“Didn’t have enough credits to get into nursing. Also, I was late with my application.”

She nodded. “I’ve been training since I was twelve. Two times UK Kettlebell champion. Need to make some kind of career out of this, otherwise my dad will make me retrain as a pharmacist. The only decent way forward, apparently. So, I have one year to prove I can get myself a job from ‘playing with metal balls’, as he so elegantly describes it.”

“Could be worse.” I laughed again, stopping myself in time to not blurt out some crap joke about having already tried that…making a career from playing with balls. I wasn’t Joey anymore. I was someone else. I just hadn’t quite figured out who Ryan Aspinall was this time around. Football was out of the question: my training had completely gone out the window. I didn’t have the stamina or strength to run as I used to, and my skills… Well, I hadn’t been that good to start with, despite playing on the junior team all through school. I had dreamt of greatness, and it had truly found me. It had been good—really good—for longer than most people in the social media business.

“I also need to get myself a boyfriend,” Inez added. “Before my mum starts talking about finding me a nice boy to marry. ‘Someone who will share my goals and ambitions, so I can make my family proud’. I do want kids, though. But I also want a career.”

“Cool.” I didn’t want a boyfriend. I didn’t want a career. I wanted to figure out how to survive heartbreak. I wanted to learn how to live. I needed to know how to wake up in the morning without feeling that life was about to implode on me. I didn’t tell Inez any of this. I pretended to be busy and took notes on the notepad next to me, even though the rest of the room all seemed to use their laptops. Mine still lay on the floor.

I sat through introductions and schedules, walkarounds and teambuilding exercises that made me squirm. I wasn’t a child anymore, and the expectations to be enthusiastic about the free gym and exam boards were suddenly overwhelming.

I felt like I was drowning in fog, surrounded by people I couldn’t see. I replied when spoken to but couldn’t form my own words. I smiled and shook hands with people whose names I couldn’t remember. I ate my lunch alone on a bench. I could function better when it was just me. When there was no one in my space. When there didn’t seem to be so little oxygen left to breathe.

I went home to my bed, the one that smelled of nothing at all. I cried. This was a life I hadn’t wanted in the first place. This was the life I had left all those years ago, and yet here I was, starting over. I was walking in those very footsteps I had left behind, and I felt like a failure.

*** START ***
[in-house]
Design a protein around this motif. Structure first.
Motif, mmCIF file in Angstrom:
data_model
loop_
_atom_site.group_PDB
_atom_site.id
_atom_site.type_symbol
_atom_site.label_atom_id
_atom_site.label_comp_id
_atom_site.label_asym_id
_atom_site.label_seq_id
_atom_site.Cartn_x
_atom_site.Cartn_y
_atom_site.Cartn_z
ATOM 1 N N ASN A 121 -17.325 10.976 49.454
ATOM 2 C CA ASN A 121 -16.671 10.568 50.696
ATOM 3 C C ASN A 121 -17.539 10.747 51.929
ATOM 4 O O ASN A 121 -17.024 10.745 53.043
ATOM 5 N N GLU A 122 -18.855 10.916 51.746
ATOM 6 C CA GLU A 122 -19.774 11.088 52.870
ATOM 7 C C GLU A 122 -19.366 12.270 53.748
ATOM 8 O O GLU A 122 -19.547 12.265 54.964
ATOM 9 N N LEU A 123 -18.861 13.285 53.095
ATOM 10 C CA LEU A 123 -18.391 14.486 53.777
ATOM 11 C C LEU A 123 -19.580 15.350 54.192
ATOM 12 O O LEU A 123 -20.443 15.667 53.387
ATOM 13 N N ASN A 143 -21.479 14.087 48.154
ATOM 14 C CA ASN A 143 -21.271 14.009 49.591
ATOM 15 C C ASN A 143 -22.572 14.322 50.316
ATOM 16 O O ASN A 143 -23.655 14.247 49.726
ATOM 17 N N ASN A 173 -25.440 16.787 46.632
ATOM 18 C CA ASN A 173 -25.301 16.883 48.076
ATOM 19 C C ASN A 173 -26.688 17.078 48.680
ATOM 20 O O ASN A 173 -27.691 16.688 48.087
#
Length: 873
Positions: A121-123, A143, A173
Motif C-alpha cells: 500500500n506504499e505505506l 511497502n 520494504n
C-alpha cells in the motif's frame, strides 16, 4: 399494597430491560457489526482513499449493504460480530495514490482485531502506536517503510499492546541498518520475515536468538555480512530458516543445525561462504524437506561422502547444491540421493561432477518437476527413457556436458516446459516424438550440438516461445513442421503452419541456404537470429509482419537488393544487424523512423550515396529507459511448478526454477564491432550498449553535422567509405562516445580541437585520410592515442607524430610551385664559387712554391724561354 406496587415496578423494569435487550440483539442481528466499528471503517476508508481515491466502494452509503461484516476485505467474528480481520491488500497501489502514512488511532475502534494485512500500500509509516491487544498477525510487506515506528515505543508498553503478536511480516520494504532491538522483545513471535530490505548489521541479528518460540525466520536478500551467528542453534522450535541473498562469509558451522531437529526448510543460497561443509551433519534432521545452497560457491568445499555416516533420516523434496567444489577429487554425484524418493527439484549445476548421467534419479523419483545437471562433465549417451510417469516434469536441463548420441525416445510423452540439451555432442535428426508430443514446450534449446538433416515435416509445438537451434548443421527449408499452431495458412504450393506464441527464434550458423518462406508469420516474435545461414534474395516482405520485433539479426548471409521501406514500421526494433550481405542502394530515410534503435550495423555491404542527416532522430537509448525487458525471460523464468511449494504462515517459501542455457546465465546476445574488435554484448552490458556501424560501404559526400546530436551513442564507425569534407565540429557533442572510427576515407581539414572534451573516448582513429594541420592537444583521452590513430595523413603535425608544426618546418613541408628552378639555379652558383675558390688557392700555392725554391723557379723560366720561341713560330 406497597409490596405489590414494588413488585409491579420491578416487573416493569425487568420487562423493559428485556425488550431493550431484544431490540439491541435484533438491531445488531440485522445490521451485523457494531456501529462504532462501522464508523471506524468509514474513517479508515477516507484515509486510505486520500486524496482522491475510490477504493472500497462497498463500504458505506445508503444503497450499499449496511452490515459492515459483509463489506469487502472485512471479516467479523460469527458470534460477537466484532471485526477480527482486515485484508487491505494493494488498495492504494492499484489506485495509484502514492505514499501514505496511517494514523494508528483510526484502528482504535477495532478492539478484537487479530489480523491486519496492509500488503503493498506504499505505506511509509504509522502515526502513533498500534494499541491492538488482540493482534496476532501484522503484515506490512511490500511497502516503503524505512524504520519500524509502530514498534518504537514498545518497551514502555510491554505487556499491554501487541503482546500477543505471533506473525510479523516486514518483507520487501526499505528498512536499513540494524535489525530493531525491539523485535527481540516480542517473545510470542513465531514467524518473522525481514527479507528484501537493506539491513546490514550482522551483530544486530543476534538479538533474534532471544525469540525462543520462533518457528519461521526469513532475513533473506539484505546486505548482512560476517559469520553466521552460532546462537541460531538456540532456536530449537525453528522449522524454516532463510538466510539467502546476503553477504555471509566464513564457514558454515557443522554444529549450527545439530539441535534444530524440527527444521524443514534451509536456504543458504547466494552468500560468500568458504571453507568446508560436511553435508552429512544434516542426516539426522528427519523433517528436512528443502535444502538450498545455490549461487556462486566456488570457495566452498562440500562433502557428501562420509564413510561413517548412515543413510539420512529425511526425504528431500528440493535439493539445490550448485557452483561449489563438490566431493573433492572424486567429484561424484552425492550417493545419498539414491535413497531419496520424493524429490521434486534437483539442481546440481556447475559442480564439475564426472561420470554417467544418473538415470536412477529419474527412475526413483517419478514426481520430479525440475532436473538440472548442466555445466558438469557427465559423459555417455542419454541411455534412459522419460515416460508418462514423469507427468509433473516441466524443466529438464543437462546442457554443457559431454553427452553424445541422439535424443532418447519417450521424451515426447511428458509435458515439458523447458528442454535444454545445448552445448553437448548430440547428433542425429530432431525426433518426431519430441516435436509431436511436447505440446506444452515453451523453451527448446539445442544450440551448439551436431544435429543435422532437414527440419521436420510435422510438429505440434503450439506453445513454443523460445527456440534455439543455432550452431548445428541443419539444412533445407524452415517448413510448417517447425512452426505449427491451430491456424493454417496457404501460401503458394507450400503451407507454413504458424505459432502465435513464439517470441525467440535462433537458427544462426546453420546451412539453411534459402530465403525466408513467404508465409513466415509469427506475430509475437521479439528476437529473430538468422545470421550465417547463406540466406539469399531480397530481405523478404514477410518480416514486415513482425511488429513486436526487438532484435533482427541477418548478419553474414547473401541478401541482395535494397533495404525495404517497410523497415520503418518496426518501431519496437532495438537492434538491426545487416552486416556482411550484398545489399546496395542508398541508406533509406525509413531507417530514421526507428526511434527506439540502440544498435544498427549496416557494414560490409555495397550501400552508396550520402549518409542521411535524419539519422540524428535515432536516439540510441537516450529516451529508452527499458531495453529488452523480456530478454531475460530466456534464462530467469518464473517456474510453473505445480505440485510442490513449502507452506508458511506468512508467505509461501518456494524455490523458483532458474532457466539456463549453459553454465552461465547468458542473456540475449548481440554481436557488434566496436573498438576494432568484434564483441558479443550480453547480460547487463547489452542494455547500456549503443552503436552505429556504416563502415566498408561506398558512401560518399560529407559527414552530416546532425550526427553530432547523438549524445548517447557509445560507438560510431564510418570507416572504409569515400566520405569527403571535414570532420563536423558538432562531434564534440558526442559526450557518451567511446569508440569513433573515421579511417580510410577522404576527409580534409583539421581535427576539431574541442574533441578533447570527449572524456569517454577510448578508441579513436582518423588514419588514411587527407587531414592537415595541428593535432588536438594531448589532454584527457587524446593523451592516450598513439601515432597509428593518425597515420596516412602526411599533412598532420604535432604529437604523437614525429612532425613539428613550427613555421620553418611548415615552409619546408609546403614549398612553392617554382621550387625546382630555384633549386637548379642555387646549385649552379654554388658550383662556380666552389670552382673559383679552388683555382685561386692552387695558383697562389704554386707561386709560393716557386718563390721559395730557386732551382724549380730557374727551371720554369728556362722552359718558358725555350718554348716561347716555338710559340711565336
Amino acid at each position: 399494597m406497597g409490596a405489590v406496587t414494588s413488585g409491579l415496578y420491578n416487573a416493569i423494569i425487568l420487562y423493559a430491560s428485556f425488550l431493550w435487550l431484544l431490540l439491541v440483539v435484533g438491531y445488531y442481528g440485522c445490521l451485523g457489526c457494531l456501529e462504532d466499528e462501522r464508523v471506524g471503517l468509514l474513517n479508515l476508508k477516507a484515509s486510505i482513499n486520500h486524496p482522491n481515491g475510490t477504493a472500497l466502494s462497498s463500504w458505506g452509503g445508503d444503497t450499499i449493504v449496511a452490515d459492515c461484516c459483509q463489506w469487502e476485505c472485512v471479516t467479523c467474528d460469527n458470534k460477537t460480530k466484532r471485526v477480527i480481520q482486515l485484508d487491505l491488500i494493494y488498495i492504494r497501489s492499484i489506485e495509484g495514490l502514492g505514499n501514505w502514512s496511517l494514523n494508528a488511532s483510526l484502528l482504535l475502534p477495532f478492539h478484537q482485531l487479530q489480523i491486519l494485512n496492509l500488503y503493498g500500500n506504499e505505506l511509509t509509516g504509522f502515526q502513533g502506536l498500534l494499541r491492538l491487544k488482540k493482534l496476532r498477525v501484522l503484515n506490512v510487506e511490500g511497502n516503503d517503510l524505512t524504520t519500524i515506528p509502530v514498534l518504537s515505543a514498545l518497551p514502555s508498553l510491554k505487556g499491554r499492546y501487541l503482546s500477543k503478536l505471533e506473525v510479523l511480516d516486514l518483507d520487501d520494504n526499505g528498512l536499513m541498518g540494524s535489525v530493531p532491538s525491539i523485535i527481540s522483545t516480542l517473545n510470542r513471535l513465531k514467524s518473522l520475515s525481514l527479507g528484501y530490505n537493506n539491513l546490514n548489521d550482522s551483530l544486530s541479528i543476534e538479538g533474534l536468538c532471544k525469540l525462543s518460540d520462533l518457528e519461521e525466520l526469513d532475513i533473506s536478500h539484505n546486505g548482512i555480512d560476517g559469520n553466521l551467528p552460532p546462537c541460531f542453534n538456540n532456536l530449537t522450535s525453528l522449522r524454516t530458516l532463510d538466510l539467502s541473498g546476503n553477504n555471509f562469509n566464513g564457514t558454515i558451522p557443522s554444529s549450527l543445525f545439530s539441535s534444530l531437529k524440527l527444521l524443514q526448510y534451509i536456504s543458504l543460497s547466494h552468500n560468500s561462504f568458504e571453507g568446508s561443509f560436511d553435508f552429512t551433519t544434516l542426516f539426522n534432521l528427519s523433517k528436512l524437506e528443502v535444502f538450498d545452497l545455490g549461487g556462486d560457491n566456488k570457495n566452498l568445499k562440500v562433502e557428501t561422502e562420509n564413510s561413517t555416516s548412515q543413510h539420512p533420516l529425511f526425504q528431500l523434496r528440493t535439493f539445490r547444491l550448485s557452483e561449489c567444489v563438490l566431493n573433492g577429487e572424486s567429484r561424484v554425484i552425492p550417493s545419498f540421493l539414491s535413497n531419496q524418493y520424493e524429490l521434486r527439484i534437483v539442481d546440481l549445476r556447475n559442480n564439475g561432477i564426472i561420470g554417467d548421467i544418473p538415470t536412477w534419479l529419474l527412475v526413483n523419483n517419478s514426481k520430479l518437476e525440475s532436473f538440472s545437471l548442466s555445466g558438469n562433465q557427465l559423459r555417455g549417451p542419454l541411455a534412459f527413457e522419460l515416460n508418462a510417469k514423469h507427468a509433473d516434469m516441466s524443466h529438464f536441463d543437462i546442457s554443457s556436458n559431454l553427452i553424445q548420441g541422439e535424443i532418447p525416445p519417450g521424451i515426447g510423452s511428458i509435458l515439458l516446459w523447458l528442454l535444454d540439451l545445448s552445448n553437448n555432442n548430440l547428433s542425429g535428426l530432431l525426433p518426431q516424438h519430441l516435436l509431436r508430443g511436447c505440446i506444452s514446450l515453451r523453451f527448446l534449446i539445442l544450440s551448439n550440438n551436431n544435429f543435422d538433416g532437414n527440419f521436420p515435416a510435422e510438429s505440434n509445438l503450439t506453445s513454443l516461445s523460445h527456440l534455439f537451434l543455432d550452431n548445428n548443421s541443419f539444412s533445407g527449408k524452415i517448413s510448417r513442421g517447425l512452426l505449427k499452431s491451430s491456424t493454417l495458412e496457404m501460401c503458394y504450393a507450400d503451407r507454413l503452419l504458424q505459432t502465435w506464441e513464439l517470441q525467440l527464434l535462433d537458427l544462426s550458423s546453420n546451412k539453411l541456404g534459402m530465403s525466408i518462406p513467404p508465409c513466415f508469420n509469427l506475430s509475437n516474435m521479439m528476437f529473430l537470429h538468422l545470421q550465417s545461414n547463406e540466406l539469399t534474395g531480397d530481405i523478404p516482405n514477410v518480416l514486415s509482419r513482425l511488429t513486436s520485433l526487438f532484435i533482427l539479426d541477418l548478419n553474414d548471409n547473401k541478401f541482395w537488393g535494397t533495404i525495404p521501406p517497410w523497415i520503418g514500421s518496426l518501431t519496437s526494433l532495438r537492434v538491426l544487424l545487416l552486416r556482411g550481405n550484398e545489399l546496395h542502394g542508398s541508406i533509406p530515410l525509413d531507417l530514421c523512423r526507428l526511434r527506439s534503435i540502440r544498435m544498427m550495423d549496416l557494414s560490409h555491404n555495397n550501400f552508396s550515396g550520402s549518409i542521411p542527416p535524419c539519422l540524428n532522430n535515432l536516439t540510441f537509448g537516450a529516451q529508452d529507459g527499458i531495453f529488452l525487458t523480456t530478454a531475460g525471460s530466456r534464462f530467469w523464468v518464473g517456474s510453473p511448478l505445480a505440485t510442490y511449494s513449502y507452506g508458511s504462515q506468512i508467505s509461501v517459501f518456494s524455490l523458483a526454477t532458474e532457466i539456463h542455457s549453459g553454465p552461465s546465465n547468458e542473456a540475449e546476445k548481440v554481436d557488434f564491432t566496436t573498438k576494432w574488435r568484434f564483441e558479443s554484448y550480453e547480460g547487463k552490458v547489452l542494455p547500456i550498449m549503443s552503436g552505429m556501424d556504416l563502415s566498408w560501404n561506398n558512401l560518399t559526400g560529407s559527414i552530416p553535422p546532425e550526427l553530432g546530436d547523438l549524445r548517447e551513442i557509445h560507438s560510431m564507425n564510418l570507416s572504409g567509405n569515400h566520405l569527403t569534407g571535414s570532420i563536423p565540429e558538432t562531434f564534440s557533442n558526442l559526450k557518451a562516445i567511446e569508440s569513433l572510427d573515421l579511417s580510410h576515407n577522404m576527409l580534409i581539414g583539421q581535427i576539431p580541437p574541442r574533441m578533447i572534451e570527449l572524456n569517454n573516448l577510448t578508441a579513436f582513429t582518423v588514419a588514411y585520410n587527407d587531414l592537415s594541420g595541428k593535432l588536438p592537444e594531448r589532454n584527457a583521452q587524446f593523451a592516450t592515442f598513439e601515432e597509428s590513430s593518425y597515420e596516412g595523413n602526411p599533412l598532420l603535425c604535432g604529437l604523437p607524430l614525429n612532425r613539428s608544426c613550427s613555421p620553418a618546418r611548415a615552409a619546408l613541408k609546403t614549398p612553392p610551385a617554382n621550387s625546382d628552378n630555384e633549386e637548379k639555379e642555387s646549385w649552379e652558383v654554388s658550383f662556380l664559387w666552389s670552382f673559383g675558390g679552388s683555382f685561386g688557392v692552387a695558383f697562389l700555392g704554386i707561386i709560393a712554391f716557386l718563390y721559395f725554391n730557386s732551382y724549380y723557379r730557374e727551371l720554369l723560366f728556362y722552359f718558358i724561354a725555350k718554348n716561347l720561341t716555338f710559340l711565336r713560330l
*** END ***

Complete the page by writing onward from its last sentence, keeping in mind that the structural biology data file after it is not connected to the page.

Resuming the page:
I was a failure. A failure through and through. I had tried to see the light through the darkness, but there was no light there anymore. I wasn’t excited about the future. I was drained.

I threw my phone on the floor, fielding another call from my agent in New York. She wasn’t happy with me, sending me text after text begging me to return her calls. She made empty threats. She proffered ideas. She tried to bribe me with a couple more weeks away before I had to come back. Award season was coming up and we needed to talk nominations. I didn’t give a fuck anymore.

She told me she had changed my password on Instagram, so I couldn’t post any more ridiculous crap.

I couldn’t even figure out something snarky to text back.

Instead, I fell asleep still wearing my clothes. I didn’t set an alarm; I barely slept anyway. All I could do was let myself drift until the darkness and pain woke me up, and another day began.


Finn Christensen doesn’t do feelings. He doesn’t do relationships. When he has an itch to scratch, there are always clubs and hook-ups. Quick, dirty encounters in dark places that feed the need that brews in the pit in his stomach. He works every hour of the day as the front office manager for the Clouds Westminster Hotel in central London. He’s a good boss, and he knows his shit.

Then Mark Quinton swans in like he owns the bloody place, and Finn’s carefully managed world starts to fall apart.

Mark Quinton is impulsive and stupid and childish. He’s the last person in the world who should be allowed to run the food and beverage department at the Clouds Westminster, however many brilliant ideas he has and somehow miraculously pulls off. He needs…something. He needs Finn Christensen.

It’s a match made in hell. A recipe for disaster. There will be a bloodbath one day. They both know that. Everyone knows.

* * *

Trigger warnings

The prologue contains a scene with a slight non-con undertone, which is explored and explained later on. This story also features brief off page mentions of domestic violence, depression, kleptomania, ADHD and culinary crimes involving cheese. HEA.